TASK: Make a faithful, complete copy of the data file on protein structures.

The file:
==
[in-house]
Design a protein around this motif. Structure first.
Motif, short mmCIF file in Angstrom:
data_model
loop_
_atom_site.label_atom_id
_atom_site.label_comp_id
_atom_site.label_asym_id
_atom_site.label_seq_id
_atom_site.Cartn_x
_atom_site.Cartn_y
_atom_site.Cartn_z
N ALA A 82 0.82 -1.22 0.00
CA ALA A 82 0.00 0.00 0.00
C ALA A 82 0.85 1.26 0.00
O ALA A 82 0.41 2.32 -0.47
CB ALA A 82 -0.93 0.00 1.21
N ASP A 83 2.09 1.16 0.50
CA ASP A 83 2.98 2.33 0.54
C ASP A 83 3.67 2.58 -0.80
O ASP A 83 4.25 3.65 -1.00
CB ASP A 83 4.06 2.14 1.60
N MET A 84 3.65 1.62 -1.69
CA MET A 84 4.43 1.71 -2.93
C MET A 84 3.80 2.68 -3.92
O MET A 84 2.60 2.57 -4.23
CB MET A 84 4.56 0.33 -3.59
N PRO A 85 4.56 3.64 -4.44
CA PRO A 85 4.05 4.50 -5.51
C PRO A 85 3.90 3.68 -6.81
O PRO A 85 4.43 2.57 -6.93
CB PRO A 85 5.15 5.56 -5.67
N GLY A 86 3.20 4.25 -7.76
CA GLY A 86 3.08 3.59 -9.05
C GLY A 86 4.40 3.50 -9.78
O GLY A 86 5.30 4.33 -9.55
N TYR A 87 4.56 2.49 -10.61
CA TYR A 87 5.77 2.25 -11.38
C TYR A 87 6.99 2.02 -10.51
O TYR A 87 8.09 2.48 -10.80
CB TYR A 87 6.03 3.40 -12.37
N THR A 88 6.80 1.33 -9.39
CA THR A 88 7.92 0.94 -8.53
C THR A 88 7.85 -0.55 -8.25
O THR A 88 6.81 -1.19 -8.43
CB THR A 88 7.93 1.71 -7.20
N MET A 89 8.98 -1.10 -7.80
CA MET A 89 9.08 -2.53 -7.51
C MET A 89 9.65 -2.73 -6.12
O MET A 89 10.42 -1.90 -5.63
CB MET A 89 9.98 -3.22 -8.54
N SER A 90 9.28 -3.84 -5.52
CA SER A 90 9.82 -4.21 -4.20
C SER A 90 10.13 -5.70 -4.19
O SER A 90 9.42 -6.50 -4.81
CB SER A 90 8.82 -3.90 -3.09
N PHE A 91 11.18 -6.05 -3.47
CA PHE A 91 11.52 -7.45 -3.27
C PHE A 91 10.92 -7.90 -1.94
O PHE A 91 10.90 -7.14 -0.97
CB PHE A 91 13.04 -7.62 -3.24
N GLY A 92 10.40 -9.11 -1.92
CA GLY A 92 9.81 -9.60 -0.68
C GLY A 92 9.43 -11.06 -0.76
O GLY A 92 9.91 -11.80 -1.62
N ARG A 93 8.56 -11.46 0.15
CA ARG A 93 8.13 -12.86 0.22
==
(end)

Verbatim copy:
[in-house]
Design a protein around this motif. Structure first.
Motif, short mmCIF file in Angstrom:
data_model
loop_
_atom_site.label_atom_id
_atom_site.label_comp_id
_atom_site.label_asym_id
_atom_site.label_seq_id
_atom_site.Cartn_x
_atom_site.Cartn_y
_atom_site.Cartn_z
N ALA A 82 0.82 -1.22 0.00
CA ALA A 82 0.00 0.00 0.00
C ALA A 82 0.85 1.26 0.00
O ALA A 82 0.41 2.32 -0.47
CB ALA A 82 -0.93 0.00 1.21
N ASP A 83 2.09 1.16 0.50
CA ASP A 83 2.98 2.33 0.54
C ASP A 83 3.67 2.58 -0.80
O ASP A 83 4.25 3.65 -1.00
CB ASP A 83 4.06 2.14 1.60
N MET A 84 3.65 1.62 -1.69
CA MET A 84 4.43 1.71 -2.93
C MET A 84 3.80 2.68 -3.92
O MET A 84 2.60 2.57 -4.23
CB MET A 84 4.56 0.33 -3.59
N PRO A 85 4.56 3.64 -4.44
CA PRO A 85 4.05 4.50 -5.51
C PRO A 85 3.90 3.68 -6.81
O PRO A 85 4.43 2.57 -6.93
CB PRO A 85 5.15 5.56 -5.67
N GLY A 86 3.20 4.25 -7.76
CA GLY A 86 3.08 3.59 -9.05
C GLY A 86 4.40 3.50 -9.78
O GLY A 86 5.30 4.33 -9.55
N TYR A 87 4.56 2.49 -10.61
CA TYR A 87 5.77 2.25 -11.38
C TYR A 87 6.99 2.02 -10.51
O TYR A 87 8.09 2.48 -10.80
CB TYR A 87 6.03 3.40 -12.37
N THR A 88 6.80 1.33 -9.39
CA THR A 88 7.92 0.94 -8.53
C THR A 88 7.85 -0.55 -8.25
O THR A 88 6.81 -1.19 -8.43
CB THR A 88 7.93 1.71 -7.20
N MET A 89 8.98 -1.10 -7.80
CA MET A 89 9.08 -2.53 -7.51
C MET A 89 9.65 -2.73 -6.12
O MET A 89 10.42 -1.90 -5.63
CB MET A 89 9.98 -3.22 -8.54
N SER A 90 9.28 -3.84 -5.52
CA SER A 90 9.82 -4.21 -4.20
C SER A 90 10.13 -5.70 -4.19
O SER A 90 9.42 -6.50 -4.81
CB SER A 90 8.82 -3.90 -3.09
N PHE A 91 11.18 -6.05 -3.47
CA PHE A 91 11.52 -7.45 -3.27
C PHE A 91 10.92 -7.90 -1.94
O PHE A 91 10.90 -7.14 -0.97
CB PHE A 91 13.04 -7.62 -3.24
N GLY A 92 10.40 -9.11 -1.92
CA GLY A 92 9.81 -9.60 -0.68
C GLY A 92 9.43 -11.06 -0.76
O GLY A 92 9.91 -11.80 -1.62
N ARG A 93 8.56 -11.46 0.15
CA ARG A 93 8.13 -12.86 0.22